Long after Kubrat Pulev and the ring had been dismantled, Anthony Joshua remained locked in his dressing room because of the presence of one man.
Floyd Mayweather Junior had dropped in to support his pal and their chat in the concrete bowels of The SSE Arena, Wembley, turned into an impromptu tactics talk.
Joshua, still wearing his boxing shorts, absorbed everything from Mayweather during their hour together in what was effectively his first training session for Tyson Fury.
Even boxing heroes have boxing heroes and Joshua is in awe of the self-styled GOAT not just for what he achieved in the ring, but how he did it.
Mayweather was the master of hitting without being hit and Joshua will need those skills against Fury, who can be as elusive as a stealth fighter.
It was Joshua’s latest lesson and he has spent his year out of the ring, cherry picking the best bits from various great fighters, like a boxing magpie.
“Floyd’s retired and is a great inspiration to the boxing community,” said Joshua. “It was great to have him in the house even if his bling was blinding me from certain angles during the fight!
“I’ve learned from everyone. I enjoyed the uppercut tonight, that was in honour of Mike Tyson,
“I have been working on the Larry Holmes jab, the Ernie Shavers power, the Evander Holyfield parry. I take inspiration from a lot of the greats.
“Boxing is a serious business and you have to indulge yourself in the greats, who have come before you, to be great.”
Promoter Eddie Hearn claimed it was fascinating watching Joshua download Mayweather’s vast boxing knowledge.
“AJ was bleeding information out of him,” he said. “They were talking about slipping jabs, using elbows in a clinch, it just went on and on.
“AJ is like a sponge. Any information he can draw out of people, he loves it. He saw that conversation as so valuable.”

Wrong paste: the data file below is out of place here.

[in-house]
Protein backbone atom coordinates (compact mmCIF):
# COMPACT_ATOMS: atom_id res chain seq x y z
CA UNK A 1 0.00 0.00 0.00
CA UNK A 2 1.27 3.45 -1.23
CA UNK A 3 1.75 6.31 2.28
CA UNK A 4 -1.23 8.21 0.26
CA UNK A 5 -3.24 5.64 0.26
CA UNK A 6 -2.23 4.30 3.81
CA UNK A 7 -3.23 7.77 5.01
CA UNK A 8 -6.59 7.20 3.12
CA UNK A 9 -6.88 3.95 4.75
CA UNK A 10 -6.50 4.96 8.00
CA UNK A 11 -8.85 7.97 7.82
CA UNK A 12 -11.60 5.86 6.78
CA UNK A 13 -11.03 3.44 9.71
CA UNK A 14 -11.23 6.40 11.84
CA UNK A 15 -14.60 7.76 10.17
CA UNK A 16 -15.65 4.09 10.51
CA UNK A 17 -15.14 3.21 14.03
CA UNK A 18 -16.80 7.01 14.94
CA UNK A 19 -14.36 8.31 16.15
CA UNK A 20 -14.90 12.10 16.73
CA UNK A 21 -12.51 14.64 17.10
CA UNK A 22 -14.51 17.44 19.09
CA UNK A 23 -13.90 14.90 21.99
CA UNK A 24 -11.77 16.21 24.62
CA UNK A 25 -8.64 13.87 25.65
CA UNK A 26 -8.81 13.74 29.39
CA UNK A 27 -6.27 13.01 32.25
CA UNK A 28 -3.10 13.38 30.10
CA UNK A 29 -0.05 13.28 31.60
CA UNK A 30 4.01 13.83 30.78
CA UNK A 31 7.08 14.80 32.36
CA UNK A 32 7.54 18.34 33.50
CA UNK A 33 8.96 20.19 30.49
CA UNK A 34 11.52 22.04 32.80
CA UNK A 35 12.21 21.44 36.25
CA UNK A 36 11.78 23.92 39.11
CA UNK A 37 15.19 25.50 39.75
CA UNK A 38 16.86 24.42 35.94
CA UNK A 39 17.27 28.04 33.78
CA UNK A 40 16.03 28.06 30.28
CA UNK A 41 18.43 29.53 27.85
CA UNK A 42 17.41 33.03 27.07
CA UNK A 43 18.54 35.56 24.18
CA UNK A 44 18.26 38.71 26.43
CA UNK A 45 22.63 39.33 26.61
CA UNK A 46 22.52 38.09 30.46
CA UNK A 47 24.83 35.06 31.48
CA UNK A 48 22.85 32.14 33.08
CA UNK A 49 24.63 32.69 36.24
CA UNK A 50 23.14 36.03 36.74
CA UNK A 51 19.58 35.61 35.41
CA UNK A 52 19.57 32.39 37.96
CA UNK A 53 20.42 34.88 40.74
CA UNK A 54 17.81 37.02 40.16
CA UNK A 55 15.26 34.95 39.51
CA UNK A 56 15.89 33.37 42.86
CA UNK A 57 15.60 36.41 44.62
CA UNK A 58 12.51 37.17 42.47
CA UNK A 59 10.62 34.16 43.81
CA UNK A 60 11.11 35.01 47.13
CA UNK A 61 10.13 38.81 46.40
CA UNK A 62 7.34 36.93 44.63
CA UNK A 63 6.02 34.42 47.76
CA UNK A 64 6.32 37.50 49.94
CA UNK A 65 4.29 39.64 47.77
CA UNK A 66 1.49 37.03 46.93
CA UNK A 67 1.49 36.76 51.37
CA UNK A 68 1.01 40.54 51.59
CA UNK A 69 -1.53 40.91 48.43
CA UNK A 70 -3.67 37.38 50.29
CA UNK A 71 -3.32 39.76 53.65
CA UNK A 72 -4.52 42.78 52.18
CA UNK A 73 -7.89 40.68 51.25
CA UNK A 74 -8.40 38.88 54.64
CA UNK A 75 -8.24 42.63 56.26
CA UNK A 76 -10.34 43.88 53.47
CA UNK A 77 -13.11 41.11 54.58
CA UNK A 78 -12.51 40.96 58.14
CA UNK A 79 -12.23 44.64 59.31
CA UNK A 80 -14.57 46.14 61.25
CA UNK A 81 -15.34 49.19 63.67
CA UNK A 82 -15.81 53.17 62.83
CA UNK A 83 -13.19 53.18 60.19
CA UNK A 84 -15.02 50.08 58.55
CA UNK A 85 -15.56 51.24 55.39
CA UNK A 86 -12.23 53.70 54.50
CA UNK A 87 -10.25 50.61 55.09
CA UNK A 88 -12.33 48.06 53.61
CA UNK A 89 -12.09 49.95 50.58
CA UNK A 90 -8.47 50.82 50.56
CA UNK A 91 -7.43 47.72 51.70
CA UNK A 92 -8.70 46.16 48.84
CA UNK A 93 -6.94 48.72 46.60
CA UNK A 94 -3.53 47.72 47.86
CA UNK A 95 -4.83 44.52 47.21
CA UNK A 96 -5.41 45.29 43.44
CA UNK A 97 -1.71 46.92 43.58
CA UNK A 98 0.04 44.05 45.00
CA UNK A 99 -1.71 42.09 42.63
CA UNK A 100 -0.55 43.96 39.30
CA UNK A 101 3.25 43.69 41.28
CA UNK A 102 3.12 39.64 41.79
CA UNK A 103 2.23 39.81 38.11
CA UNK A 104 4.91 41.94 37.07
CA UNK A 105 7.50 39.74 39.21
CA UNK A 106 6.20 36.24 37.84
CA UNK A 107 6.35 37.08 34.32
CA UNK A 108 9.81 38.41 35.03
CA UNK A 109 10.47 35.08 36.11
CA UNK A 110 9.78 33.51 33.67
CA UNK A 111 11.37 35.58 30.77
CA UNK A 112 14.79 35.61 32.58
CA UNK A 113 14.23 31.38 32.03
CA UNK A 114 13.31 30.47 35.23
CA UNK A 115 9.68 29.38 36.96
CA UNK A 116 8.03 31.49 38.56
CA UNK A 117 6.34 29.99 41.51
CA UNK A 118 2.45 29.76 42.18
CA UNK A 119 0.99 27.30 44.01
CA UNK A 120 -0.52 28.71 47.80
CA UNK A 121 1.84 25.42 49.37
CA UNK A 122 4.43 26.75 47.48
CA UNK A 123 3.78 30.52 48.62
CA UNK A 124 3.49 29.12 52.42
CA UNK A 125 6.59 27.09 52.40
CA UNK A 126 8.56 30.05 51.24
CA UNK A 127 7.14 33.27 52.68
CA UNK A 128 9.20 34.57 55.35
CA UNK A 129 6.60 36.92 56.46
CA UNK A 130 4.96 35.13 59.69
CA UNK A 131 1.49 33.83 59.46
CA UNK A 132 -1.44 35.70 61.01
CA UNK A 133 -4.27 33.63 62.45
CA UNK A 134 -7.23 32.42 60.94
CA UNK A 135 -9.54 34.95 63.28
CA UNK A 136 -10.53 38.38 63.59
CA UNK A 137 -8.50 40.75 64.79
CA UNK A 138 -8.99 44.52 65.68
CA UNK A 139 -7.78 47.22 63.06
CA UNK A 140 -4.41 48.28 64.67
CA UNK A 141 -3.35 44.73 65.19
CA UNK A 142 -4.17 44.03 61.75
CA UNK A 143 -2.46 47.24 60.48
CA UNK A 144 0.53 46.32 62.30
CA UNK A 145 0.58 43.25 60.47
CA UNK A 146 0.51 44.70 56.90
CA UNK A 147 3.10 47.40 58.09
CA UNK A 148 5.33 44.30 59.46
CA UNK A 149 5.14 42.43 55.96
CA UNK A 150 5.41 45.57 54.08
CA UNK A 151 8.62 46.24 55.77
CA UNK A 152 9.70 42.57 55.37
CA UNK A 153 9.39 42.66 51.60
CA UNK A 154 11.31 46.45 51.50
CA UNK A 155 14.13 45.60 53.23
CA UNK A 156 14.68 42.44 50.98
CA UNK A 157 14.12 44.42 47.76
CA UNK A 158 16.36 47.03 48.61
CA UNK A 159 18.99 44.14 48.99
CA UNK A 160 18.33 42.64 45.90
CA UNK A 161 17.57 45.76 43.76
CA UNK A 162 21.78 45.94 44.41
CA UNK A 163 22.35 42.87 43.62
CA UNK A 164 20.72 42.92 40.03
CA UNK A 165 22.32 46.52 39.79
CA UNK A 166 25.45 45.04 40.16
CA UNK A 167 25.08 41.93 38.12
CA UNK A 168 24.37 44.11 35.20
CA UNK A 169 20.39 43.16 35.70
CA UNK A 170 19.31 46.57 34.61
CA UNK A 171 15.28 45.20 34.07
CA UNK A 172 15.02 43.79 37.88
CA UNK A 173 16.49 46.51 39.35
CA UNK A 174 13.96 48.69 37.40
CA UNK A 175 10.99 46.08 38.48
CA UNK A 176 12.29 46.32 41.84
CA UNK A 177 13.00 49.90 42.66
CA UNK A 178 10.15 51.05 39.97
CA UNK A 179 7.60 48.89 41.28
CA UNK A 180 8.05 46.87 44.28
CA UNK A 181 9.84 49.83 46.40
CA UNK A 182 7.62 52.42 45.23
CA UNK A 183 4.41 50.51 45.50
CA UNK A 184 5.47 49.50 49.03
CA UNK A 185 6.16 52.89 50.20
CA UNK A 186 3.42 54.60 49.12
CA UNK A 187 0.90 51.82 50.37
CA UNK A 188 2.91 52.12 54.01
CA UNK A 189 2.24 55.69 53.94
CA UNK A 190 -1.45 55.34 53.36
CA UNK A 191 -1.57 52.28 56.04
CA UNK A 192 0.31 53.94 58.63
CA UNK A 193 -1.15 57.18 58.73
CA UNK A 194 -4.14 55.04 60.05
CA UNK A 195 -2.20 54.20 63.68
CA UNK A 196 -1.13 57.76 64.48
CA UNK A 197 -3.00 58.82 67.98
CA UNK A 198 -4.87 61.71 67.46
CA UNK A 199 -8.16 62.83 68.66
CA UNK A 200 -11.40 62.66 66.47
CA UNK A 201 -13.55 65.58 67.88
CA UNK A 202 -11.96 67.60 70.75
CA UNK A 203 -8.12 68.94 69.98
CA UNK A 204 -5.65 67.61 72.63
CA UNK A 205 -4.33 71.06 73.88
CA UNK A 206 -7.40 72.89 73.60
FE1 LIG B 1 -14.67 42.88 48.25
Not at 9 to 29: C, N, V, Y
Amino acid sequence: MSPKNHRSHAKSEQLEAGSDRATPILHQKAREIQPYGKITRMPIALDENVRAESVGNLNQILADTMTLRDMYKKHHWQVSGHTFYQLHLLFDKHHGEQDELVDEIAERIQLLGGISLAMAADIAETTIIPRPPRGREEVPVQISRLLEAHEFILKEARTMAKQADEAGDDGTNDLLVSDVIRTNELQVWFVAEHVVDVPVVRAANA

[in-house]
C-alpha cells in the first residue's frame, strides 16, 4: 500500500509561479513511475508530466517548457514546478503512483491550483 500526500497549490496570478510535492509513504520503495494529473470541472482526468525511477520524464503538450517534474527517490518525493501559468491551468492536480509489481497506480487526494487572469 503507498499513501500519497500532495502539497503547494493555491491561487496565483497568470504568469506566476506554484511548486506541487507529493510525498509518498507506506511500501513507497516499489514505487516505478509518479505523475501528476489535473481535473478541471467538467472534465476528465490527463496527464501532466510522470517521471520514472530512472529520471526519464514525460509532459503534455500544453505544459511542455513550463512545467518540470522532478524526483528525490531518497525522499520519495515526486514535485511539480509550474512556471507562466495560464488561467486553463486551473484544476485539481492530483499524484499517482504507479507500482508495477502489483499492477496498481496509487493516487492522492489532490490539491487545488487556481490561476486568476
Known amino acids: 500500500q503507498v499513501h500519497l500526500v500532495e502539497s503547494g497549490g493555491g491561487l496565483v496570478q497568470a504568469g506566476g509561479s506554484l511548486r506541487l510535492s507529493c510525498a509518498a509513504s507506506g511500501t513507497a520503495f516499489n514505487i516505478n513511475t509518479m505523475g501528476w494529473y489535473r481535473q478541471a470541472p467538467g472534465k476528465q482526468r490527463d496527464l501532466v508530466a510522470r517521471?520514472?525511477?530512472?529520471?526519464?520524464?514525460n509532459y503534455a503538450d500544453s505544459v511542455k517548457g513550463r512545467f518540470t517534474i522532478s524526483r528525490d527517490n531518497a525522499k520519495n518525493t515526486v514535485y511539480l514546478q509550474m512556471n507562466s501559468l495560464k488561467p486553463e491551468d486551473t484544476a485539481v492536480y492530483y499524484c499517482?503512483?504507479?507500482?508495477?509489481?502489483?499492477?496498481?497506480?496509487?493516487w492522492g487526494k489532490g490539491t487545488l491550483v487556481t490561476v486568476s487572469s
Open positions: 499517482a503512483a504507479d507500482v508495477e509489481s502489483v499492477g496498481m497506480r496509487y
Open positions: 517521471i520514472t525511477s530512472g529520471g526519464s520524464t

Joshua, 31, did what he had to do against Pulev to defend his WBA Super, IBF and WBO heavyweight titles, finishing the Bulgarian with a showreel overhand right.
He showed discipline, fighting behind his jab, and successfully mixed it up with some destructive overhand rights and uppercuts.
He hurt Pulev in the third with an overhand right and referee Deon Dwarte bizarrely gave him a standing eight count in his corner instead of waving the contest off because he turned his back on Joshua.
Joshua floored the IBF mandatory challenger with his new favourite shot, the uppercut, and somehow he survived until the bell.
Joshua sensibly stepped back because he saw Pulev was not ready to go, although some at ringside, like Dillian Whyte, criticised him for not going for the kill.
The champ has learned about the dangers of jumping in prematurely from his defeat to Andy Ruiz Junior and bided his time until the ninth when he clinically finished off Pulev.
He put him down for a second time with a combination of uppercuts before knocking him out with a sledgehammer right for a spectacular finish.
“That was my first fight in over a year,” said Joshua. “I shook off a lot of ring rust and I would like to go again soon so I can keep up the momentum.
“You may talk about the road to being undisputed, but I’m calling it the road to whoever is next and I’m just knocking them off one by one.”
Bring on Tyson.
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